The ability of high-stakes tests to help teachersidentify strengths and weaknesses in teaching andlearning has greatly improved. Though they have little time and many meetings, all teachers need tobe able to work with data. This data needs to be in teachers’ hands, or why gather it in the first place? Many teachers look only at the bottom line. Show them how to drill down into the valuable informationin the item analyses. Ask your Irreplaceables to present a model lesson touching on a specific skill where itemanalyses show that students have struggled. When teachers review the data for the entire department, identify peers who have the highest scores. Ask them to provide a lesson to the department on that particular skill.
Mistake #5: Misuse or Mismanagement of School Time
Principals must empower teacher sto use time more creatively. Encourage you best teachers to experiment with blended learning and the flipped classroom so valuable classroom time can be spent working in small groups and checking for understanding—not delivering lectures that students could watch online. As the building leader, you can also develop strategies to minimize disruptions to learning time, from the mundane (policies governing field trips and pep rallies) to the deliberate and pervasive (using email or text alerts instead of the intercom or pulling teachers out of the classroom). Ask your Irreplaceables to tape one 20-minute lecture per week. How? Let a student videotape it. Buy your teachers tripods for phones. Set up the teacher’s phone and tape the lecture. Then, instead of spending 20 minutes lecturing, the teacher can spend that time in one-to-one conferences with students, assessing students’ work, row-running, or creating pacing plans to differentiate. Use technology not to replace the teacher, but to replace the time!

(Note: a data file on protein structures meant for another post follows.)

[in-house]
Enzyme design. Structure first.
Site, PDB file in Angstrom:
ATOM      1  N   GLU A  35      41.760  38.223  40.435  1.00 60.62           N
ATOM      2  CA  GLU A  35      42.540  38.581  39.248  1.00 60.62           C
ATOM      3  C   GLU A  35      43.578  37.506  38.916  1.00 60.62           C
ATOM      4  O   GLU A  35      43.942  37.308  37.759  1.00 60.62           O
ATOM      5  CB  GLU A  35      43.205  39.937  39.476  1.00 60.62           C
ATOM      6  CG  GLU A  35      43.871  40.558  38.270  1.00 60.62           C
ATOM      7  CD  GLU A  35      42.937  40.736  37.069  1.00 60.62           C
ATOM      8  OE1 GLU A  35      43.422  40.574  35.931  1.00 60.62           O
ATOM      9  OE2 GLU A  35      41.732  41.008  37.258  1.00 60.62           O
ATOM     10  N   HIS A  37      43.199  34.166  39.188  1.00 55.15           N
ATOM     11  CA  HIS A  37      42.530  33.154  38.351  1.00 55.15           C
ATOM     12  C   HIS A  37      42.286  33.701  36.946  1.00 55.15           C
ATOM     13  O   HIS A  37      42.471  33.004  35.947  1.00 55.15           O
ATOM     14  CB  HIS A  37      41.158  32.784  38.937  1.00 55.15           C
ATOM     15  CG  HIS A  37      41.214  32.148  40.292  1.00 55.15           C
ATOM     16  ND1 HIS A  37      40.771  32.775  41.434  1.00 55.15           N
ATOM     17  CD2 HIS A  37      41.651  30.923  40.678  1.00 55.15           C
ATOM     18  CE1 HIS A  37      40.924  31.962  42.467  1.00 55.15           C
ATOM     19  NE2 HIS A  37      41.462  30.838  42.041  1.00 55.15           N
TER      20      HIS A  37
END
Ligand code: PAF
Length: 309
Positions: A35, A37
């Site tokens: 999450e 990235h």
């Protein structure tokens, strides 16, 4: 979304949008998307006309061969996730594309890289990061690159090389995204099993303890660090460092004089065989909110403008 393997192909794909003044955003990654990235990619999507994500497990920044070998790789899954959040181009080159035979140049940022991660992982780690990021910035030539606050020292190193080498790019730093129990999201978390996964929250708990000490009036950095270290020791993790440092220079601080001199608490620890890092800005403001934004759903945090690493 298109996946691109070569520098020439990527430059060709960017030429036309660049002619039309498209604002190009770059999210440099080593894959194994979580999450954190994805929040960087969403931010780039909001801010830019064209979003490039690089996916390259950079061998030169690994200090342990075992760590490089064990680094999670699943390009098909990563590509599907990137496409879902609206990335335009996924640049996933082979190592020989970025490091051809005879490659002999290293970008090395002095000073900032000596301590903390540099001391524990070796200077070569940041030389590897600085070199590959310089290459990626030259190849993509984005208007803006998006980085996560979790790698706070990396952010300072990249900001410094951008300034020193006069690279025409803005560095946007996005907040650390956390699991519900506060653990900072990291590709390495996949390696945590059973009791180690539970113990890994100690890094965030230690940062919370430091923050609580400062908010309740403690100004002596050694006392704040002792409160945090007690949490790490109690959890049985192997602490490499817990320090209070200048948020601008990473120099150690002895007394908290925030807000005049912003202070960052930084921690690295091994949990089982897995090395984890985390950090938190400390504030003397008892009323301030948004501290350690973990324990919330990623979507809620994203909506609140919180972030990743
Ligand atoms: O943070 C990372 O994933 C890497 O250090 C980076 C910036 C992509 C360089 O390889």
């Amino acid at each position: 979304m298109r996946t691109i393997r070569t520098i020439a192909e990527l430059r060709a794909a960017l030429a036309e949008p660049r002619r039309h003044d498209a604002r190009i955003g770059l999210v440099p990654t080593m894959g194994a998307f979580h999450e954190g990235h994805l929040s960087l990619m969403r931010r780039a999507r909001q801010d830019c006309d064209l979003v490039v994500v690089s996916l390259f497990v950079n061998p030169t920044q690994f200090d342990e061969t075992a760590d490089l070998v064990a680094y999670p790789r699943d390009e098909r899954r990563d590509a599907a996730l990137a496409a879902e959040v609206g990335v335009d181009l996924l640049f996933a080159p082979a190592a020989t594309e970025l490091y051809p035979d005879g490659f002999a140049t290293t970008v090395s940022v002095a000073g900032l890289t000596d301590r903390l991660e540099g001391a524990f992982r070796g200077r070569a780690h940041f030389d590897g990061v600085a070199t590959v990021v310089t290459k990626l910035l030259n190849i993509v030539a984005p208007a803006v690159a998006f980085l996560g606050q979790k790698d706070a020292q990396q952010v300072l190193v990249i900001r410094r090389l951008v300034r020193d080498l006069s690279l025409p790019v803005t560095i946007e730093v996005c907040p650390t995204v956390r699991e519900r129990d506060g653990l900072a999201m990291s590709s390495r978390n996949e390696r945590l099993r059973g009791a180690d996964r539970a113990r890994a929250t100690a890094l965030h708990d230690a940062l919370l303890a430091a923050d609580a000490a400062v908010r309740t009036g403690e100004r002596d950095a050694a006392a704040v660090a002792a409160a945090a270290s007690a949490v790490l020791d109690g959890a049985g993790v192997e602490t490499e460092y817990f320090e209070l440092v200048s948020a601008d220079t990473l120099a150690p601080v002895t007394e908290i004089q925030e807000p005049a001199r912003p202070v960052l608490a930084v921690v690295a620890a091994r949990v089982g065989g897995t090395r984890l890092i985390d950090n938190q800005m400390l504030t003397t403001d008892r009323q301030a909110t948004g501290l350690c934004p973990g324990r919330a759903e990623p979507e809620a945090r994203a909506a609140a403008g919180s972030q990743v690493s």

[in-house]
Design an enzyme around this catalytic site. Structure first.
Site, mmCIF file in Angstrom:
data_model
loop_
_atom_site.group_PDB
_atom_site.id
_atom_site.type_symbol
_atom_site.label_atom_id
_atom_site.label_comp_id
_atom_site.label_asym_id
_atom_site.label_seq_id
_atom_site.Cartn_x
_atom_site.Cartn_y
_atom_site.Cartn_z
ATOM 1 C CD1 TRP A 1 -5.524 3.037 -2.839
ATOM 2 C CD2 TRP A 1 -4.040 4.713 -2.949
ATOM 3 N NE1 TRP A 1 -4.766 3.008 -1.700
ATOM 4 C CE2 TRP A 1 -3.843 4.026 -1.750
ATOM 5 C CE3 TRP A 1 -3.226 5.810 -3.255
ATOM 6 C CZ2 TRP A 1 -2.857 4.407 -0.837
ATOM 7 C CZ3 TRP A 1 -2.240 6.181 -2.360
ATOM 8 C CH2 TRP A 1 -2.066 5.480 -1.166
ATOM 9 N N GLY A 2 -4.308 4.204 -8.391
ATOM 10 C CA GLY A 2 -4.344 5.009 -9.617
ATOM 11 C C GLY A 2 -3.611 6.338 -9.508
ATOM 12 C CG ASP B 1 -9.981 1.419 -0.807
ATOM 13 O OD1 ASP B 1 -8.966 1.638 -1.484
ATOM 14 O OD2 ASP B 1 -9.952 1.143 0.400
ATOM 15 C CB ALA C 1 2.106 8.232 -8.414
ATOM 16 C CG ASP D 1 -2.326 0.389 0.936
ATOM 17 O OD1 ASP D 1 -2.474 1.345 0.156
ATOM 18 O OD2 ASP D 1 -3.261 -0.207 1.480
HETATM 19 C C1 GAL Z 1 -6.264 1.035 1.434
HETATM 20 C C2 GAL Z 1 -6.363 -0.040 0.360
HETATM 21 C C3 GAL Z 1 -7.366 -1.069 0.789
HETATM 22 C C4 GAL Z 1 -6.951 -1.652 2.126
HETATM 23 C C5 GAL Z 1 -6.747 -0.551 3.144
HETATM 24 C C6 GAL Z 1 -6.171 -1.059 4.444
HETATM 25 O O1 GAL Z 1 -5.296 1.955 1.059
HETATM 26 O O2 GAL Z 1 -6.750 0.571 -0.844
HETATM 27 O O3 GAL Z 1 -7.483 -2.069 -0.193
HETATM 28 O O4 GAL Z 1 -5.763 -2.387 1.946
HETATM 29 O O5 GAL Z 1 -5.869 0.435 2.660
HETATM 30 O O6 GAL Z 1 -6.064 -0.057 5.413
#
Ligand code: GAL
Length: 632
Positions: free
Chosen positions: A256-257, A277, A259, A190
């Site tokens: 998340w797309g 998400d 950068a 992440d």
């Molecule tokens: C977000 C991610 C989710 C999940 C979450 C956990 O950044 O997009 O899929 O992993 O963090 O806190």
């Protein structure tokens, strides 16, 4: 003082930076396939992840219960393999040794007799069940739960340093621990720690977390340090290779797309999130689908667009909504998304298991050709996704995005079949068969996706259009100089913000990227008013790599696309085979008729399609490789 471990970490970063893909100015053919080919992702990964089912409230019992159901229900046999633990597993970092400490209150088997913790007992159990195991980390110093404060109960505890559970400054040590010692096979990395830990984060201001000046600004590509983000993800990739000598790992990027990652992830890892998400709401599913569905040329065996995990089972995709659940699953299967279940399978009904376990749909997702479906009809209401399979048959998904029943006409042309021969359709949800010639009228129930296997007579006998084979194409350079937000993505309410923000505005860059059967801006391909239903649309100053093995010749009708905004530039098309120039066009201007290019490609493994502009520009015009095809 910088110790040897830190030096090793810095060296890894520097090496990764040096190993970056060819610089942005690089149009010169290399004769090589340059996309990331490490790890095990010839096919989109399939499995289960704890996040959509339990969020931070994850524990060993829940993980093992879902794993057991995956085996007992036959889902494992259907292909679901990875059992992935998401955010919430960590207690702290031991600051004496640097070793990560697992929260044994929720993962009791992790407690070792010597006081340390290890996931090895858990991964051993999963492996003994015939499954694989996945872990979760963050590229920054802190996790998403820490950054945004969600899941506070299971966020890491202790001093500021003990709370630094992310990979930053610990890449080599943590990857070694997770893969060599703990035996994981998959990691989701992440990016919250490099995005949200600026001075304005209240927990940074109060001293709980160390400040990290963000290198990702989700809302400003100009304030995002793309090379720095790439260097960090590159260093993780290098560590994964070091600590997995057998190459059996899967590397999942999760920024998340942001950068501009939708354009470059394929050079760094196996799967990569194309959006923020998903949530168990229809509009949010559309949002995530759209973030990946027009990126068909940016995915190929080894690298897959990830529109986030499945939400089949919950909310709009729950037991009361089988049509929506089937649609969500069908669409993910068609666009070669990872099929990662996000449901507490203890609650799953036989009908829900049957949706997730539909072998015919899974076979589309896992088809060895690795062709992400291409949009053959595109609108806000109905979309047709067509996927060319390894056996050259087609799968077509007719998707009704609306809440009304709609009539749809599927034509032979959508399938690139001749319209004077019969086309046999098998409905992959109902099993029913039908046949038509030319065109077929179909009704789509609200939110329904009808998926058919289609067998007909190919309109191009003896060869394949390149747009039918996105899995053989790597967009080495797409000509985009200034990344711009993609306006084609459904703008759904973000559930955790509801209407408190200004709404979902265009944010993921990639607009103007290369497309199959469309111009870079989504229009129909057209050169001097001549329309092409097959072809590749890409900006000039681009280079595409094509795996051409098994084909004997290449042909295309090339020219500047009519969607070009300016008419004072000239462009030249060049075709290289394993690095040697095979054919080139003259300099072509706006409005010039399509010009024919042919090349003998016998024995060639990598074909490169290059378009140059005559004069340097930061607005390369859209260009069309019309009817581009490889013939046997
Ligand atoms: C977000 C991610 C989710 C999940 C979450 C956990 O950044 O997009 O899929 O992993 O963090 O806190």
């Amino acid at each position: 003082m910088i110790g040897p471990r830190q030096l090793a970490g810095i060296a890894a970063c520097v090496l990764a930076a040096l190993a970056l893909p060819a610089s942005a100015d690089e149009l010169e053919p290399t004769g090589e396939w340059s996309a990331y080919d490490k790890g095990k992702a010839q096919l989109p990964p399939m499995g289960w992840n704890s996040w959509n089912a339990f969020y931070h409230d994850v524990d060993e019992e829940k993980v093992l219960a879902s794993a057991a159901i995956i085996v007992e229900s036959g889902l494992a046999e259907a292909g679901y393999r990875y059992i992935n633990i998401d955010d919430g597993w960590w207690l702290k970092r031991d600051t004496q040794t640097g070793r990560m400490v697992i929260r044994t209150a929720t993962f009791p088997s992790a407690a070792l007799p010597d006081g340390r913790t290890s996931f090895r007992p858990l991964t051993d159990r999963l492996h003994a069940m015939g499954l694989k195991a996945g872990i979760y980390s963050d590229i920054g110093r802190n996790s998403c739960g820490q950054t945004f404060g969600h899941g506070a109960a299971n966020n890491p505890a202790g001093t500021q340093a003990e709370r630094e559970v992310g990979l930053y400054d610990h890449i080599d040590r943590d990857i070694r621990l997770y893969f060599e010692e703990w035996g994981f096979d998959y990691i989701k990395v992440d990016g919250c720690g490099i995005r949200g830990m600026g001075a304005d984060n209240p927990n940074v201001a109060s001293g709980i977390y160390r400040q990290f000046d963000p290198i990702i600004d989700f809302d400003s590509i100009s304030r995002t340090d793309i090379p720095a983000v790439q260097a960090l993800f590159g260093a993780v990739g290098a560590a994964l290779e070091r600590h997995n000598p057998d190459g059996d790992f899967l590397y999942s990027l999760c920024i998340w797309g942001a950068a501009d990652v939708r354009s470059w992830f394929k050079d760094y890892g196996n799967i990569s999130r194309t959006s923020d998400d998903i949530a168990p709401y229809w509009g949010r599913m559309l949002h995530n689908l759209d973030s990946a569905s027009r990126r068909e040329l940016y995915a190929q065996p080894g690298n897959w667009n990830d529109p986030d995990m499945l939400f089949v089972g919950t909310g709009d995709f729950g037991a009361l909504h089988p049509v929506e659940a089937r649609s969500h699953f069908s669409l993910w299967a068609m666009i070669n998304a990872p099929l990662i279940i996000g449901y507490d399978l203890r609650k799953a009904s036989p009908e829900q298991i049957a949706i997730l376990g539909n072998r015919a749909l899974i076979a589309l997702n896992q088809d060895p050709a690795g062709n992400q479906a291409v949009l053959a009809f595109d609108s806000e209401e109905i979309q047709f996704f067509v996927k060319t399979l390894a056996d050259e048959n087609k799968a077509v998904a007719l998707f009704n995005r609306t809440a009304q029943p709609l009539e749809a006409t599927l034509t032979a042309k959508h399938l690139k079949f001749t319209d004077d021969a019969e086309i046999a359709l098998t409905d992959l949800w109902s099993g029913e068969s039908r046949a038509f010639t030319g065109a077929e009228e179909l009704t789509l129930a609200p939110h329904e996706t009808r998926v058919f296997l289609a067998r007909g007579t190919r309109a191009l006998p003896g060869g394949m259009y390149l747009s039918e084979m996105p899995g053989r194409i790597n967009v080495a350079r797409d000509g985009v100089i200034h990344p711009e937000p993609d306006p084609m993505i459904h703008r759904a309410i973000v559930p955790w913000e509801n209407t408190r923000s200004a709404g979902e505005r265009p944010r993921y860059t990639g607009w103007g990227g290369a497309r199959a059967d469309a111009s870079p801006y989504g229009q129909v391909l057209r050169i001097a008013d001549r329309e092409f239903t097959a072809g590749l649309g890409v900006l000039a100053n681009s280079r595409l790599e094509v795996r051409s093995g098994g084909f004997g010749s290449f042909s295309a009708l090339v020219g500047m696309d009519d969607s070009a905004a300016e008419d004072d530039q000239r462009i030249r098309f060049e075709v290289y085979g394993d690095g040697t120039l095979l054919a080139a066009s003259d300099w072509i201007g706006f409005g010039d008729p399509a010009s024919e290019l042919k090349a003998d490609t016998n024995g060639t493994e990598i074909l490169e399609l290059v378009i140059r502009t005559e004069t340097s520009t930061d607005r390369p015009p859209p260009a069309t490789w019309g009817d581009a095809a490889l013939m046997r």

Mistake #6: Assuming Traditional Tools and Administrative Pressure Improve Teaching and Learning